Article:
In Conversation With Lower Than Atlantis
Ahead of their monumental regional tour, I caught up with Dec Hart, the bassist of the well-established Watford four-piece Lower Than Atlantis. With ten years under their belt as a band, we discussed their history, evolution and how “time heals all wounds”.
The upcoming tour is quite a change of pace from the momentum Lower Than Atlantis have recently experienced, with a headline slot at this year’s 2000 Trees Festival, we talked about what this change will bring. “The whole point of this tour is to play loads of shows in places that we haven’t necessarily been before or haven’t been for quite a few years. I think what’s most exciting is that we made a conscious decision to play songs from all 5 of our records, we’ve never ever done that before. We have only ever concentrated on whatever album we have been promoting.”.
Their 5 records, spanning from 2010 to 2017, possess a plethora of differing styles from their post-hardcore debut album Far Q, up to their more recent releases, with somewhat more pop tendencies than their early sound. I was interested to find out what he thought the fan reactions would be, from both their new and longer-term listeners. “Well, according to the internet playing old songs should be really good, but who knows because the internet tells a lot of lies”. Dec continued to discuss how their newer albums had brought in an influx of a new audience “younger kids we have at the shows [now] would’ve been like way too young to know about those records because they were kind of more underground” and he enjoyed the prospect of acting as a “gateway band” which introduces fans to new genres of music, “like we’re underground too!”. Conversation about more intimate venues led Dec back to the bands early days, “so in my brain it’s all memories of being really poor and driving the van. Just eating like a piece of cheese and bread, then only playing to twenty people who just don’t care”. He explained how they haven’t been to many of the regional venues since the bread and cheese days, so their successful return will be something special.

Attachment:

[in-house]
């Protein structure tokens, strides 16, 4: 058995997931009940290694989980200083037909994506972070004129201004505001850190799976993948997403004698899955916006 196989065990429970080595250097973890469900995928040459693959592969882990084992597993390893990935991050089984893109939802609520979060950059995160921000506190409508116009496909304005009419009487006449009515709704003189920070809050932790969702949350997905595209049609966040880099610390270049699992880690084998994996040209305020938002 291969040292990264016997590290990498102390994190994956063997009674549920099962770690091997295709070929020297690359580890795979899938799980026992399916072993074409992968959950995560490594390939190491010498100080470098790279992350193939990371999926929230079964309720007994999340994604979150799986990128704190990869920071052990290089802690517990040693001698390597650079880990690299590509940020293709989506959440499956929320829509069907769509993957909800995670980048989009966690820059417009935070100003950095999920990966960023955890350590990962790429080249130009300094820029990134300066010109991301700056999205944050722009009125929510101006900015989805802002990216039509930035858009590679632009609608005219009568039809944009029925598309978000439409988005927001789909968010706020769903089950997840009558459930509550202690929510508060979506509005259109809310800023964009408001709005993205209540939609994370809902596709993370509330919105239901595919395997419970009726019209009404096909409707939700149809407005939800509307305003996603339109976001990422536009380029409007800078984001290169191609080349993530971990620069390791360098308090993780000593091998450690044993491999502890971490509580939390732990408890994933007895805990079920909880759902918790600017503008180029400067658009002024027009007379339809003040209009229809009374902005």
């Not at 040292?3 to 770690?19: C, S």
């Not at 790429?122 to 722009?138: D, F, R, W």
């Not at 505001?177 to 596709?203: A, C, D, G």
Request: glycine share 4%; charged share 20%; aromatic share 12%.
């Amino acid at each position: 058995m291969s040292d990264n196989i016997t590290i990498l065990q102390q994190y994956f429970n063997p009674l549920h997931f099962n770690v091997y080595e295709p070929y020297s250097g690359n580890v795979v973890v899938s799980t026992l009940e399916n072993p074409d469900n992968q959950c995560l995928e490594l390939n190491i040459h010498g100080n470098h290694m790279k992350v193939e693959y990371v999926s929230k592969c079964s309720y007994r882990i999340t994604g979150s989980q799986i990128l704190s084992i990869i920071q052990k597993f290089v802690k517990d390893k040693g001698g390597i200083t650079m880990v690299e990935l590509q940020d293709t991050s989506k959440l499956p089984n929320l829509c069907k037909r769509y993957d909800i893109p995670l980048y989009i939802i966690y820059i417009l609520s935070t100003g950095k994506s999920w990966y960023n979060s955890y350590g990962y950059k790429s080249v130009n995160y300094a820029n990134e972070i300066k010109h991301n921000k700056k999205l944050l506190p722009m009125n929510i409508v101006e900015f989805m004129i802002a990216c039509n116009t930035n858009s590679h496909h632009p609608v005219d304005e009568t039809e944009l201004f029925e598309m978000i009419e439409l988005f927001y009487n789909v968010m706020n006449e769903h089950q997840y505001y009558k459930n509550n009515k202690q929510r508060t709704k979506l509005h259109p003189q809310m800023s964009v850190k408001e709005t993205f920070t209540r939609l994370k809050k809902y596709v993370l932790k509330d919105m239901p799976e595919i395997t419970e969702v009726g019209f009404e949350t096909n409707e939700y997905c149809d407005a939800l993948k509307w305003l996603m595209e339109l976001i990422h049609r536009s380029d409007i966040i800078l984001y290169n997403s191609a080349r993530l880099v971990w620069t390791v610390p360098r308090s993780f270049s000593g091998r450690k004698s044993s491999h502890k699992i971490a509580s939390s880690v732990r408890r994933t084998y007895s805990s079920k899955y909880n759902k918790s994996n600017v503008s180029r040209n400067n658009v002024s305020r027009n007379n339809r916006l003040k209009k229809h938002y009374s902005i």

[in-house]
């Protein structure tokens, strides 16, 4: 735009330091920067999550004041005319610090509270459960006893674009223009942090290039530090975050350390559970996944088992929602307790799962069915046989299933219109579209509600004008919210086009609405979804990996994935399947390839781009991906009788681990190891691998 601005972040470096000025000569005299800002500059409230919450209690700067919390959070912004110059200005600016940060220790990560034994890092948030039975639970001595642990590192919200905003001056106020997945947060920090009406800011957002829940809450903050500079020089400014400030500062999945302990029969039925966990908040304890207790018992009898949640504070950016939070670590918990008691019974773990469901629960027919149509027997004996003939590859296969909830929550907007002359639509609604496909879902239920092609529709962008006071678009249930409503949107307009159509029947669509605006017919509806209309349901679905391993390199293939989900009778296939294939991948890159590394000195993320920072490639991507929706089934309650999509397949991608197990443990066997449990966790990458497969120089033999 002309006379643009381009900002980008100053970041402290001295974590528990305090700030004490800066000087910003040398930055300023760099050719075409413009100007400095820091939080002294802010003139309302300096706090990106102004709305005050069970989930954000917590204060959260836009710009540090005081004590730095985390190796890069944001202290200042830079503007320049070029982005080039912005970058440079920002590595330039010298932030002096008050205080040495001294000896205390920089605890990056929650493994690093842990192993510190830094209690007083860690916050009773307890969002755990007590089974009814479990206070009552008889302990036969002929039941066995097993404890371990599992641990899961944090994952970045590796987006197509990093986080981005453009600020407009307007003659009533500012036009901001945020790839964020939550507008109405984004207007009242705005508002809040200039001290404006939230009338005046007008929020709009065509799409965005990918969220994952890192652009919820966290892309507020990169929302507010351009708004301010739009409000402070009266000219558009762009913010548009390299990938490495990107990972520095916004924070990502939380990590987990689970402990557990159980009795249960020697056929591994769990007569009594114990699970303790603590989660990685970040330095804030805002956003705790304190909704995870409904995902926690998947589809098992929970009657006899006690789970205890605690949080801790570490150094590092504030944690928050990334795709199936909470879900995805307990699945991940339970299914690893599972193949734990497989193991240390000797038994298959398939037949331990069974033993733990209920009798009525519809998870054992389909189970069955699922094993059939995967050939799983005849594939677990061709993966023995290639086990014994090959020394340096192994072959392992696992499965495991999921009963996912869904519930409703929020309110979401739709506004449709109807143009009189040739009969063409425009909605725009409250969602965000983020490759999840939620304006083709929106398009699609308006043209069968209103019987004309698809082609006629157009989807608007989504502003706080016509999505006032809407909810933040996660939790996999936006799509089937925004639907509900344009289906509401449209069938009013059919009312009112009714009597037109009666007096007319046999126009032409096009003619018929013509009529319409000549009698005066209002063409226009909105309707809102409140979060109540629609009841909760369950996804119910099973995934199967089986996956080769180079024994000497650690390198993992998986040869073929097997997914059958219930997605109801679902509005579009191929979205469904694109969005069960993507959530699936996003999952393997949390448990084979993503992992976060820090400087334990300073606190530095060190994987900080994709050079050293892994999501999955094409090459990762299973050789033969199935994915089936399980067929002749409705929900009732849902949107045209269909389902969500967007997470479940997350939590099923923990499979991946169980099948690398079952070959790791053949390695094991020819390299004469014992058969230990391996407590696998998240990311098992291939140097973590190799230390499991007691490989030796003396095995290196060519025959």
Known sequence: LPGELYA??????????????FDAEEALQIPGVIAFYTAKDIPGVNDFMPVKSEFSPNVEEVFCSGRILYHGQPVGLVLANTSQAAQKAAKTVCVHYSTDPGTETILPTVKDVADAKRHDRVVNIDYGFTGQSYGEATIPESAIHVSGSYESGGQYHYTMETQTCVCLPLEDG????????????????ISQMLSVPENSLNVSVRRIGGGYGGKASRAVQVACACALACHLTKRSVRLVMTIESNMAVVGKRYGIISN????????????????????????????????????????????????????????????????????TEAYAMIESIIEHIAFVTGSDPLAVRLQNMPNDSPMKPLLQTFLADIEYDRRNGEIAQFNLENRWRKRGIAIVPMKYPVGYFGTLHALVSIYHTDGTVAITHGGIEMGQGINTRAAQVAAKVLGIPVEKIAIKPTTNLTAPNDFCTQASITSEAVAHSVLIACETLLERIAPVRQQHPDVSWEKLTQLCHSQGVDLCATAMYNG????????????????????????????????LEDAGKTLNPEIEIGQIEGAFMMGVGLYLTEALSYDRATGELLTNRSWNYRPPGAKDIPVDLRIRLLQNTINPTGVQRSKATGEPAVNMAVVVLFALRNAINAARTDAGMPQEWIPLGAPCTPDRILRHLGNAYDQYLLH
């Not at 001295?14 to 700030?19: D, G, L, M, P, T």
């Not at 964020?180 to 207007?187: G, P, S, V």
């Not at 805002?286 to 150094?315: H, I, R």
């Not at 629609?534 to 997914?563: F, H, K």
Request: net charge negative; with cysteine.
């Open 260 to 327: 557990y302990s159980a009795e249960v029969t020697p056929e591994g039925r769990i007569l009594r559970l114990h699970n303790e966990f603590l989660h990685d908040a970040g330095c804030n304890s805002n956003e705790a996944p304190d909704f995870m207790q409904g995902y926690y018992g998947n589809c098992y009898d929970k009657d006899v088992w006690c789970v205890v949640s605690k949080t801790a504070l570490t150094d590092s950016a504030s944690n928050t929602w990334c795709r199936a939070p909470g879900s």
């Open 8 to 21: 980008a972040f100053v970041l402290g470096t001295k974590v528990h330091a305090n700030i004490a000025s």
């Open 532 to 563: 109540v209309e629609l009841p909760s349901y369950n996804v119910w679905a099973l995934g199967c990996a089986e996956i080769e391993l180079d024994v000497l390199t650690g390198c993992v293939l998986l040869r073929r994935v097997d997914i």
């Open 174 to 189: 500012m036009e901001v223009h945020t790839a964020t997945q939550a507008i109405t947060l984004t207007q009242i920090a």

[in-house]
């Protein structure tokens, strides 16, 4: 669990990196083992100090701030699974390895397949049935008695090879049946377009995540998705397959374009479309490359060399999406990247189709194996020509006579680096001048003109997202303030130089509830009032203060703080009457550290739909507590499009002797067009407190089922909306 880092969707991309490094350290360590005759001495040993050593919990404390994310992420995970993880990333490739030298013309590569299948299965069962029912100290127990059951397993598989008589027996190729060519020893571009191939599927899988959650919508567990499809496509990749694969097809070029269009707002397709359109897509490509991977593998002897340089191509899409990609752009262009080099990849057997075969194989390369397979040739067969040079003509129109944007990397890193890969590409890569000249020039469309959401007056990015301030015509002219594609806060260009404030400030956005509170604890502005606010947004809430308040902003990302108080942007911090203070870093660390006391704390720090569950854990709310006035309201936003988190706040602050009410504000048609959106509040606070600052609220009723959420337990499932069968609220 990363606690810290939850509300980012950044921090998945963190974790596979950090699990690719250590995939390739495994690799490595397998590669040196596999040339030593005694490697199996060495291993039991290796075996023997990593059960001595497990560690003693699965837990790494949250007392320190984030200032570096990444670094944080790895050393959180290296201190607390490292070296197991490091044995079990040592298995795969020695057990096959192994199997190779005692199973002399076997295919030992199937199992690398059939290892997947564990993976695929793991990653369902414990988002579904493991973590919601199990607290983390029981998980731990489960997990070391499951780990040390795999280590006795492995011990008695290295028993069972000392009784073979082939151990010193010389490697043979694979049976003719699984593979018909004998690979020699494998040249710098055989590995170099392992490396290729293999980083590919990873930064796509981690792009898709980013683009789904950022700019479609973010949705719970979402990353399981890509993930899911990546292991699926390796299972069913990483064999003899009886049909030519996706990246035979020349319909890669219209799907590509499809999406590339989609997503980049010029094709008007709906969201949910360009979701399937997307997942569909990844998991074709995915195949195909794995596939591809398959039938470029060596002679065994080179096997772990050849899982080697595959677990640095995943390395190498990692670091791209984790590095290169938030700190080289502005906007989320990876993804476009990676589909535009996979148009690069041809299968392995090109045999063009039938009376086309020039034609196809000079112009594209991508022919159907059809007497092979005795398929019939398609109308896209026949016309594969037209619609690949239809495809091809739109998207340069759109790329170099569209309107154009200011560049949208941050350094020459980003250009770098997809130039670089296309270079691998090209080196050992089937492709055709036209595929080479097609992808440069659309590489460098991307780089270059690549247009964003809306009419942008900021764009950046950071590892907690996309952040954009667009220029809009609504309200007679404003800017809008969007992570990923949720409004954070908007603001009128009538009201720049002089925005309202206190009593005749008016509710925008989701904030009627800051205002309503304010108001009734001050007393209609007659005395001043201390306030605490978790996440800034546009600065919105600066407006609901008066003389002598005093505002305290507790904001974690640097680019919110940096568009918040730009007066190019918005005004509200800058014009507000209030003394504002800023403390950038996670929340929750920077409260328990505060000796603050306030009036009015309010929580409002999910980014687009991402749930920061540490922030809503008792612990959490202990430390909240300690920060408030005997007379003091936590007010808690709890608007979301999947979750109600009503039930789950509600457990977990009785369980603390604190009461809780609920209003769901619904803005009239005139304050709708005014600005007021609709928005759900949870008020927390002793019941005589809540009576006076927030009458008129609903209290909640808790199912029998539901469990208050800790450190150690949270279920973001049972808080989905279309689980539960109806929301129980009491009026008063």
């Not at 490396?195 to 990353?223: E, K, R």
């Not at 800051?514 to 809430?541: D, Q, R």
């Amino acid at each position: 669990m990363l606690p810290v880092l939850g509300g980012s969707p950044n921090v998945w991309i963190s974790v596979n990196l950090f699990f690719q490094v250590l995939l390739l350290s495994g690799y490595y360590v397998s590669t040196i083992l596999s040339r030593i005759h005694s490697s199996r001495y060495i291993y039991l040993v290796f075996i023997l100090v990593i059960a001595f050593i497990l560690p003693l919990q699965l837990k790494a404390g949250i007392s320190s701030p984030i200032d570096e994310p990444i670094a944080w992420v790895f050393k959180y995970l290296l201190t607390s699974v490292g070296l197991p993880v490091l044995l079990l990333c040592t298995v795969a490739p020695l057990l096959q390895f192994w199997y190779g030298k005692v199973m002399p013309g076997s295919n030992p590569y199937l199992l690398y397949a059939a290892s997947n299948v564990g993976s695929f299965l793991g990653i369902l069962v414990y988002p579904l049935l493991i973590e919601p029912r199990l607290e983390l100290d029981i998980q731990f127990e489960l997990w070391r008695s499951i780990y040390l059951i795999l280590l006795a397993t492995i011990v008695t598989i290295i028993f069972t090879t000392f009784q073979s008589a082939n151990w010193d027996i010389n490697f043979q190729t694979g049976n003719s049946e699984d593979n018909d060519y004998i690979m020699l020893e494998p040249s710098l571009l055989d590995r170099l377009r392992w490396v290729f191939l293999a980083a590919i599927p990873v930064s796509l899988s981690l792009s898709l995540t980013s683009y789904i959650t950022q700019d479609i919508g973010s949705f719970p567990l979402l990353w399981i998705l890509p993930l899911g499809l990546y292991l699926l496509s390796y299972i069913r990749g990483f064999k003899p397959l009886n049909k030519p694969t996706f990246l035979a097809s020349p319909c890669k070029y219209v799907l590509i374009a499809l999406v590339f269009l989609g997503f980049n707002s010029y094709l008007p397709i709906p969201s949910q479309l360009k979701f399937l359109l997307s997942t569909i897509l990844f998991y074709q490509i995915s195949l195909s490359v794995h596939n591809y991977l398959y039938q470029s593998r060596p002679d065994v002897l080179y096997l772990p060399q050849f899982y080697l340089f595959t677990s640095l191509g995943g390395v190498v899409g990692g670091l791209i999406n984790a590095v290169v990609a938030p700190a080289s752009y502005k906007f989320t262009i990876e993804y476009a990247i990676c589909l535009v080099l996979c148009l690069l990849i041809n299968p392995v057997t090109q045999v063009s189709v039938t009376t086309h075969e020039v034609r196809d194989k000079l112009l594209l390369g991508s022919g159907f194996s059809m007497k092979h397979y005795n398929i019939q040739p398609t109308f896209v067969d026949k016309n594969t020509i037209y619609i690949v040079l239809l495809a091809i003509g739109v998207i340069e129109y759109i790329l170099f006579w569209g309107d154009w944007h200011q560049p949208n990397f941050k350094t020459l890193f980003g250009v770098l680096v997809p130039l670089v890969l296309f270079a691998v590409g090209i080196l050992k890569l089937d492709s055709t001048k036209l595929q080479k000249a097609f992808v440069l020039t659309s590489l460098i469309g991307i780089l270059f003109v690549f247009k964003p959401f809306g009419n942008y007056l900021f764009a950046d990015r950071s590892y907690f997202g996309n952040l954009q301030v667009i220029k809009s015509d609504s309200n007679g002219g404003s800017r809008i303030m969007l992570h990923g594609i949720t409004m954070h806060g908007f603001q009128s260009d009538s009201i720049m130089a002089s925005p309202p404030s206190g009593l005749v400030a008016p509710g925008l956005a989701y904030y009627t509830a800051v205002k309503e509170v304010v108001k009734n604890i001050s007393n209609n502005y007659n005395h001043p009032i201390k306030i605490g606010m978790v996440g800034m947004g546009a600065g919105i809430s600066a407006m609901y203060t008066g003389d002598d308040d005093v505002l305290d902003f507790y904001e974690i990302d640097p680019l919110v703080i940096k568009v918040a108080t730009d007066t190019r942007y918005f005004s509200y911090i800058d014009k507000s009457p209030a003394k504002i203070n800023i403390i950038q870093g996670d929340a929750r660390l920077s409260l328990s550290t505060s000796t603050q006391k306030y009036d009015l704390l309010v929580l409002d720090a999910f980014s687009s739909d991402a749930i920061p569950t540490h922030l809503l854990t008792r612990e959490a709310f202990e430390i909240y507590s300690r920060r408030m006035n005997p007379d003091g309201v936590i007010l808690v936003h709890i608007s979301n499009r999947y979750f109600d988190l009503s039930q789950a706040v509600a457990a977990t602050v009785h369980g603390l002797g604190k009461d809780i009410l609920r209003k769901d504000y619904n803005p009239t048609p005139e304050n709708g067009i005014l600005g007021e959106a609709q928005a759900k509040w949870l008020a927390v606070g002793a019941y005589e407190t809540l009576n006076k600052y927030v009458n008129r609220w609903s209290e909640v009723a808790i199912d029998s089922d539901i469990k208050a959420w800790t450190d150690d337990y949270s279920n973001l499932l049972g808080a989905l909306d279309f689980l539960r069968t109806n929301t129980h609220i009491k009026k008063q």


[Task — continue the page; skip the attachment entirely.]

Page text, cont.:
We talked about the their setlist process and how each member looks “at bands we like for inspiration”. Hart’s inspiration has been drawn from “favourite bands of all time are Thrice, and they have like 10 albums or something mental and recently they have been playing a ‘Greatest Hits’ set, for want of a better word. It’s pretty cool to see all the different styles of their band, so I am trying to rip that off basically!”. Playing a ‘Greatest Hits’ setlist – for want of a better word- means including music from Changing Tune, an album which embodies the era in which the band were signed to a major label but subsequently dropped a year after the record was released. “There is a period of our band that had a bit of a salt in the wound vibe, and we were like “nah, we don’t want to think about that period ever again” but time heals all wounds. Now, enough time has passed and that’s all cool, we are ready to revisit it.”
As a self-confessed “last-minute machine” he explained how the band are yet to start rehearsing for the tour, “This isn’t to sound arrogant, but we don’t need to rehearse the songs we have been playing on the current setlist. It is almost like we just need to play them a few times to refresh the memory, but we may need to start a bit earlier this time around with playing all the old songs”. With ten years’ experience playing together, it is unsurprising that the performances comes naturally. Their stage set up is remaining quite minimalist, anything more “would be ridiculous in those venues, people will be like ‘this is literally Spinal Tap’”. The smaller stage and more intimate crowd will encourage more interaction with the crowd, giving the band “a chance to see people’s faces, like everybody’s face, not just the first few rows.”. As a band who often stay “afterwards to meet new people”, the intimate regional stops should allow for time with the fans, “we’re not like weirdos, just easy people to speak to!” and I can vouch for that!
The interview was rounded off with some vague hints toward working on some new music but they “are not putting out another record for a while”. Who knows, maybe some of this new project will be teased as they descend into the touring lifestyle and trek the length of the UK.
The Lower Than Atlantis tour kicks off on 2nd April 2018, playing York’s Fibbers on 13th May. Tickets available here.